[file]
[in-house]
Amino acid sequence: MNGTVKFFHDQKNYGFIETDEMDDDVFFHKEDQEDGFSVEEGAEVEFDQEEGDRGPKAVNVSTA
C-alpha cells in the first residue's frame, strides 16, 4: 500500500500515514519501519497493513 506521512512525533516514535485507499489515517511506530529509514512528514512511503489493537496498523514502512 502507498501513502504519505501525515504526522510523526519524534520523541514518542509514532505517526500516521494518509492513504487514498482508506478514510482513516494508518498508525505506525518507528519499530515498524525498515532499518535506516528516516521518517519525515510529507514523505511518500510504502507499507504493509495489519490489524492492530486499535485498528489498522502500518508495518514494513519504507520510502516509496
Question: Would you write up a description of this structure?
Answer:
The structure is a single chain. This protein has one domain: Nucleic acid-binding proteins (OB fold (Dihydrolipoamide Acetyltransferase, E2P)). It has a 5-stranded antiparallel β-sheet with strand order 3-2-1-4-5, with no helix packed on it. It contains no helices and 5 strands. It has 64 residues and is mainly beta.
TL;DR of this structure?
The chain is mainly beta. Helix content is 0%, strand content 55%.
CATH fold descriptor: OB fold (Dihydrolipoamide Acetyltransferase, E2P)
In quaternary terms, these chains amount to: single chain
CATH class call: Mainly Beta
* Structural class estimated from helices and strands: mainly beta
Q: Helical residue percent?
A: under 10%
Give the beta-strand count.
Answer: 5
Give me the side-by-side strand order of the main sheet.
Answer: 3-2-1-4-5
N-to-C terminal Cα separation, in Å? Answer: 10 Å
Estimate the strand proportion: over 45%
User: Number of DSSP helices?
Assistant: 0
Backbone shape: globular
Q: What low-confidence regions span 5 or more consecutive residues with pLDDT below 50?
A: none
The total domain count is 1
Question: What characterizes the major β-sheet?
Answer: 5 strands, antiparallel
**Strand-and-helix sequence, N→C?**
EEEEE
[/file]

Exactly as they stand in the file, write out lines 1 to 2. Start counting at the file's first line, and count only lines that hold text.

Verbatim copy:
[in-house]
Amino acid sequence: MNGTVKFFHDQKNYGFIETDEMDDDVFFHKEDQEDGFSVEEGAEVEFDQEEGDRGPKAVNVSTA